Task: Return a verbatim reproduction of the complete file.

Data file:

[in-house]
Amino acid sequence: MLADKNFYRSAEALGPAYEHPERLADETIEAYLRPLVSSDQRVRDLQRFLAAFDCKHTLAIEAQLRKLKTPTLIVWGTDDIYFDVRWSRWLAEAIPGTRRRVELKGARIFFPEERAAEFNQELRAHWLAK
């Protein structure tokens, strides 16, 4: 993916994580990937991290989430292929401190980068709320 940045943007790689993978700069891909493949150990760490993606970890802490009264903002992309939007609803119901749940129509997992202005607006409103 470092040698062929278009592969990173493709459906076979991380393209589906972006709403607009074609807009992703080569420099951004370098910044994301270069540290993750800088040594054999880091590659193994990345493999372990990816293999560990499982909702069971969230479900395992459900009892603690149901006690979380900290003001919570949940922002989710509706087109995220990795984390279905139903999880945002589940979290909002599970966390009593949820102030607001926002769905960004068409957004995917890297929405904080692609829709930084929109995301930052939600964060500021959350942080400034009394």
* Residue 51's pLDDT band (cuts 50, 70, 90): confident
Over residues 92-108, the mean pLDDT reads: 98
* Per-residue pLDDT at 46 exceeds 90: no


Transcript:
[in-house]
Amino acid sequence: MLADKNFYRSAEALGPAYEHPERLADETIEAYLRPLVSSDQRVRDLQRFLAAFDCKHTLAIEAQLRKLKTPTLIVWGTDDIYFDVRWSRWLAEAIPGTRRRVELKGARIFFPEERAAEFNQELRAHWLAK
């Protein structure tokens, strides 16, 4: 993916994580990937991290989430292929401190980068709320 940045943007790689993978700069891909493949150990760490993606970890802490009264903002992309939007609803119901749940129509997992202005607006409103 470092040698062929278009592969990173493709459906076979991380393209589906972006709403607009074609807009992703080569420099951004370098910044994301270069540290993750800088040594054999880091590659193994990345493999372990990816293999560990499982909702069971969230479900395992459900009892603690149901006690979380900290003001919570949940922002989710509706087109995220990795984390279905139903999880945002589940979290909002599970966390009593949820102030607001926002769905960004068409957004995917890297929405904080692609829709930084929109995301930052939600964060500021959350942080400034009394």
* Residue 51's pLDDT band (cuts 50, 70, 90): confident
Over residues 92-108, the mean pLDDT reads: 98
* Per-residue pLDDT at 46 exceeds 90: no